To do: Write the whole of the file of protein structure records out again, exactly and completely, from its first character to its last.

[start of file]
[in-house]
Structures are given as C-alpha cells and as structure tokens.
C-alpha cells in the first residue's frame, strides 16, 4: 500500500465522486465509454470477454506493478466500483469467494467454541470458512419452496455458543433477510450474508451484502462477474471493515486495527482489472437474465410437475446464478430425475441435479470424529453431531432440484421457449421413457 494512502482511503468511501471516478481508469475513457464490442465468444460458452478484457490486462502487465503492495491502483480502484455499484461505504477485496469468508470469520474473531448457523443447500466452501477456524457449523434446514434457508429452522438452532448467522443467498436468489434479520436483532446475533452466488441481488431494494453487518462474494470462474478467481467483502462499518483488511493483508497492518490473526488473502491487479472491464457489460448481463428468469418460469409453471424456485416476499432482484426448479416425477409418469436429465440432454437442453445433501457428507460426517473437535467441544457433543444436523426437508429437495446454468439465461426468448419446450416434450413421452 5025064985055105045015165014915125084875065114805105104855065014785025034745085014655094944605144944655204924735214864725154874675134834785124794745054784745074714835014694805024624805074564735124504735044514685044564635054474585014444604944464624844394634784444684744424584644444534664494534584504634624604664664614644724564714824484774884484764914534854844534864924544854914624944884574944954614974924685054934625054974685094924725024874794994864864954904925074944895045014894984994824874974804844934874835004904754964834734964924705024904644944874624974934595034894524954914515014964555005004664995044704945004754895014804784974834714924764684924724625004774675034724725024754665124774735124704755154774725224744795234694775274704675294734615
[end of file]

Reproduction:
[in-house]
Structures are given as C-alpha cells and as structure tokens.
C-alpha cells in the first residue's frame, strides 16, 4: 500500500465522486465509454470477454506493478466500483469467494467454541470458512419452496455458543433477510450474508451484502462477474471493515486495527482489472437474465410437475446464478430425475441435479470424529453431531432440484421457449421413457 494512502482511503468511501471516478481508469475513457464490442465468444460458452478484457490486462502487465503492495491502483480502484455499484461505504477485496469468508470469520474473531448457523443447500466452501477456524457449523434446514434457508429452522438452532448467522443467498436468489434479520436483532446475533452466488441481488431494494453487518462474494470462474478467481467483502462499518483488511493483508497492518490473526488473502491487479472491464457489460448481463428468469418460469409453471424456485416476499432482484426448479416425477409418469436429465440432454437442453445433501457428507460426517473437535467441544457433543444436523426437508429437495446454468439465461426468448419446450416434450413421452 5025064985055105045015165014915125084875065114805105104855065014785025034745085014655094944605144944655204924735214864725154874675134834785124794745054784745074714835014694805024624805074564735124504735044514685044564635054474585014444604944464624844394634784444684744424584644444534664494534584504634624604664664614644724564714824484774884484764914534854844534864924544854914624944884574944954614974924685054934625054974685094924725024874794994864864954904925074944895045014894984994824874974804844934874835004904754964834734964924705024904644944874624974934595034894524954914515014964555005004664995044704945004754895014804784974834714924764684924724625004774675034724725024754665124774735124704755154774725224744795234694775274704675294734615